Google has asked Microsoft to remove its homebrew YouTube app from the Windows Store immediately, and the search giant requested that it delete the app from Windows Phone users who have already downloaded it.
Essentially, Microsoft built a YouTube app for Windows Phone because Google refused to permit Windows Phone users to connect to YouTube. As Microsoft’s Dave Heiner posted, “Google blocked Microsoft’s new Windows Phones from operating properly with YouTube … Google has refused to allow Microsoft’s new Windows Phones to access this YouTube metadata in the same way that Android phones and iPhones do.”
In response, Microsoft created its own YouTube app.
The problems with that, according to Google, are three: the app enables users to download YouTube videos, prevents ads from being shown, and plays videos whose owners have set to only play on certain platforms. Microsoft’s app, Google says, violates the YouTube terms of service, and uses the YouTube logo in a way that contravenes the company’s branding guidelines.
Above: The YouTube app, by Microsoft
Image Credit: Microsoft
This is an ongoing battle that has been slowly heating up since well before January of this year.
The solution would seem to be fairly clear: Google should make a compelling YouTube app for Windows Phone, just as it already does for another smartphone competitor, Apple’s iOS mobile operating system. Why it chooses not to is not exactly clear, although it may just have something to do with the fact that, via patent licensing agreements with Samsung, LG, Acer, and others, Microsoft makes perhaps $5 per Android device sold. And it can’t help that Microsoft has hit Google where it hurts on Android and privacy, which, up until a couple of weeks ago, truly sucked.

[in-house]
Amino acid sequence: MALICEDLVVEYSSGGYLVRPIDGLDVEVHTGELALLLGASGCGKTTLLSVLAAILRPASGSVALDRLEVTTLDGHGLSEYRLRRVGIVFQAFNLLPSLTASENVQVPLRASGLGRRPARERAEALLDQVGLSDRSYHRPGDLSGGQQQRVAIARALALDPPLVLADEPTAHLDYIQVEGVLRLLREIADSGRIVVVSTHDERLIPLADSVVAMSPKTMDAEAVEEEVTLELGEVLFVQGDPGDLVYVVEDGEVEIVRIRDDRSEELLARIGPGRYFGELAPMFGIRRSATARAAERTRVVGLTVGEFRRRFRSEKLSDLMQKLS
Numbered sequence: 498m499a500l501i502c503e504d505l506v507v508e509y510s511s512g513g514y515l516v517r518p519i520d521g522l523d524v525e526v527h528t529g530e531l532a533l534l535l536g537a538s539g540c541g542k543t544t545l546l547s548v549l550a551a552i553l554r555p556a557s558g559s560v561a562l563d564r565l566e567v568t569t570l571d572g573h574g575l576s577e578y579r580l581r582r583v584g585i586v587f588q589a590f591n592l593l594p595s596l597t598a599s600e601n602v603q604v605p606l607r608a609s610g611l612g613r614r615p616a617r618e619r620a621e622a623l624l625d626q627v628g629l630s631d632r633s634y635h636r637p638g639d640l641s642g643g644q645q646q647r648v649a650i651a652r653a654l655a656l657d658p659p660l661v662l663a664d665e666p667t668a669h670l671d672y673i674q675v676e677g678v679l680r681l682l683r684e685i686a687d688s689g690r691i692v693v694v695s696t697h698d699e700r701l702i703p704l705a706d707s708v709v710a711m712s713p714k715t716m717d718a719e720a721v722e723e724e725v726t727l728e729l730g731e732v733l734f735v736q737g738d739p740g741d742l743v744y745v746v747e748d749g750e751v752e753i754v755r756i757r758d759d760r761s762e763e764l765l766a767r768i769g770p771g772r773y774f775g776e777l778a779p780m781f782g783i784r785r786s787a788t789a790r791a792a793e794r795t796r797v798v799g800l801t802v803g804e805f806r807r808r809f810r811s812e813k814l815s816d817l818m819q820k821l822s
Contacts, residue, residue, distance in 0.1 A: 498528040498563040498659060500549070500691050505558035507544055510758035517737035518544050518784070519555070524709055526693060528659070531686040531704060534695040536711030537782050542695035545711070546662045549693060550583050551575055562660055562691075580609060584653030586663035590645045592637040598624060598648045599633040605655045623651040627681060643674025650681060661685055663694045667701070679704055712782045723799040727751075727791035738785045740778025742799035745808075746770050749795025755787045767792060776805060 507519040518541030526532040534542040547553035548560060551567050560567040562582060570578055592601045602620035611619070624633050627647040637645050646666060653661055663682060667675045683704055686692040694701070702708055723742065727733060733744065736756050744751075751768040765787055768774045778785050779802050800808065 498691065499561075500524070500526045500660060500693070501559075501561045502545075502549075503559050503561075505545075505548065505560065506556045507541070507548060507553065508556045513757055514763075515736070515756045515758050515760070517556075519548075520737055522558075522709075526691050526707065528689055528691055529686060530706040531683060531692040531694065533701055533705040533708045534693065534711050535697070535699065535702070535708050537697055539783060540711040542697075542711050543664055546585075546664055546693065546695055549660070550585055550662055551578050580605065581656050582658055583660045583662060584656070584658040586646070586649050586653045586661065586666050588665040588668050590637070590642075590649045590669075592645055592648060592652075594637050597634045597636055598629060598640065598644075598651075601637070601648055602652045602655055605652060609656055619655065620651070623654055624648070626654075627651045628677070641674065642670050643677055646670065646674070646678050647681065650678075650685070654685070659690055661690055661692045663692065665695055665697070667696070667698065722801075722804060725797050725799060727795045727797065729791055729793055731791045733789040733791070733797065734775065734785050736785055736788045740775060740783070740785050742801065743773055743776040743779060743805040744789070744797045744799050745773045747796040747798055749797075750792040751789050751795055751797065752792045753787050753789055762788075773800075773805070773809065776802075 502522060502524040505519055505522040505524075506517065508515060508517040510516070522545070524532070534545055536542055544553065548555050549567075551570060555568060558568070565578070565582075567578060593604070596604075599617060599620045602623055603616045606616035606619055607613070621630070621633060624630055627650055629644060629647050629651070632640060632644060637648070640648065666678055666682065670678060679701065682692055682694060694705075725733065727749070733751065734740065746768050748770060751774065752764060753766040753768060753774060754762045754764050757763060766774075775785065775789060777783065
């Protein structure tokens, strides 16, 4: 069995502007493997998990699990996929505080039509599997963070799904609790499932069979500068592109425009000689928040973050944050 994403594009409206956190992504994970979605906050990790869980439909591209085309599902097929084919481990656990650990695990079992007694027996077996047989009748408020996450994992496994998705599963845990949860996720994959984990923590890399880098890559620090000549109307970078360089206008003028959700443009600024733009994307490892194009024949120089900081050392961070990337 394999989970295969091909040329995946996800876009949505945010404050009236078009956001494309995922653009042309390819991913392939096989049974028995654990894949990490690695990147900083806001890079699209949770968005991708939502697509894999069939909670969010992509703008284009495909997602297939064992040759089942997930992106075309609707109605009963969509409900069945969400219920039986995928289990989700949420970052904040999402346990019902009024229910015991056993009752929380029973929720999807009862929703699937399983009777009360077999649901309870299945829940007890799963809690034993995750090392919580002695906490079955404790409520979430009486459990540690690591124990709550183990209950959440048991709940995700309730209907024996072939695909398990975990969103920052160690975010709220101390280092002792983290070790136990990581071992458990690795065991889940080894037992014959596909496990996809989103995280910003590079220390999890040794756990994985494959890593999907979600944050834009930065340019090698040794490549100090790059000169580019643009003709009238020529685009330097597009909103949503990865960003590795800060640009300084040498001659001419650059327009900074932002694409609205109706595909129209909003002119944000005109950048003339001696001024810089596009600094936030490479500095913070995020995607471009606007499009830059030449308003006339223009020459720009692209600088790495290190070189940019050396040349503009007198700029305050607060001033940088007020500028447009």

Microsoft has since released an official statement, basically saying they’d be happy to work with Google to resolve any issues, as long as Google will reciprocate.
“YouTube is consistently one of the top apps downloaded by smartphone users on all platforms, but Google has refused to work with us to develop an app on par with other platforms. Since we updated the YouTube app to ensure our mutual customers a similar YouTube experience, ratings and feedback have been overwhelmingly positive. We’d be more than happy to include advertising but need Google to provide us access to the necessary APIs. In light of Larry Page’s comments today calling for more interoperability and less negativity, we look forward to solving this matter together for our mutual customers.”
Surely, we can all get along here?
Google is in no danger of losing its mobile operating system hegemony … as the company announced today, it recently hit 900 million Android device activations.
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